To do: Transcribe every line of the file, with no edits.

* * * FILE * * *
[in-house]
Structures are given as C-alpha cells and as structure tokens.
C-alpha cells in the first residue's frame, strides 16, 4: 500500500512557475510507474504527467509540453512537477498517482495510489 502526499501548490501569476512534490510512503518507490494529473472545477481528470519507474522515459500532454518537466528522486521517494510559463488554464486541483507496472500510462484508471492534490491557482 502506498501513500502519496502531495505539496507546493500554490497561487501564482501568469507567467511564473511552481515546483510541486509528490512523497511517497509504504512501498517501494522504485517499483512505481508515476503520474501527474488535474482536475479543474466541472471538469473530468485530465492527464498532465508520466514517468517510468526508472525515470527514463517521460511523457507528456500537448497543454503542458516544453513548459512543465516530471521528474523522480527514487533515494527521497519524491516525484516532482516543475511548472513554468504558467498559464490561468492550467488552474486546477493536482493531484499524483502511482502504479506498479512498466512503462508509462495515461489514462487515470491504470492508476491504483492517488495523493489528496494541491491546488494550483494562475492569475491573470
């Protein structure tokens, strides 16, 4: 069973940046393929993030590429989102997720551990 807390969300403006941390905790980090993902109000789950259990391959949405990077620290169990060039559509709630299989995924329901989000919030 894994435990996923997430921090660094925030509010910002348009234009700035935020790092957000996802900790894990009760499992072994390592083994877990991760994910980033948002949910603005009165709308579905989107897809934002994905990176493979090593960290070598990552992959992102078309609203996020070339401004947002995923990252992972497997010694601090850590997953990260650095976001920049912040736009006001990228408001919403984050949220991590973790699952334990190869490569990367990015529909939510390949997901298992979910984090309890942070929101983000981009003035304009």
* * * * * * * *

[in-house]
Structures are given as C-alpha cells and as structure tokens.
C-alpha cells in the first residue's frame, strides 16, 4: 500500500512557475510507474504527467509540453512537477498517482495510489 502526499501548490501569476512534490510512503518507490494529473472545477481528470519507474522515459500532454518537466528522486521517494510559463488554464486541483507496472500510462484508471492534490491557482 502506498501513500502519496502531495505539496507546493500554490497561487501564482501568469507567467511564473511552481515546483510541486509528490512523497511517497509504504512501498517501494522504485517499483512505481508515476503520474501527474488535474482536475479543474466541472471538469473530468485530465492527464498532465508520466514517468517510468526508472525515470527514463517521460511523457507528456500537448497543454503542458516544453513548459512543465516530471521528474523522480527514487533515494527521497519524491516525484516532482516543475511548472513554468504558467498559464490561468492550467488552474486546477493536482493531484499524483502511482502504479506498479512498466512503462508509462495515461489514462487515470491504470492508476491504483492517488495523493489528496494541491491546488494550483494562475492569475491573470
């Protein structure tokens, strides 16, 4: 069973940046393929993030590429989102997720551990 807390969300403006941390905790980090993902109000789950259990391959949405990077620290169990060039559509709630299989995924329901989000919030 894994435990996923997430921090660094925030509010910002348009234009700035935020790092957000996802900790894990009760499992072994390592083994877990991760994910980033948002949910603005009165709308579905989107897809934002994905990176493979090593960290070598990552992959992102078309609203996020070339401004947002995923990252992972497997010694601090850590997953990260650095976001920049912040736009006001990228408001919403984050949220991590973790699952334990190869490569990367990015529909939510390949997901298992979910984090309890942070929101983000981009003035304009």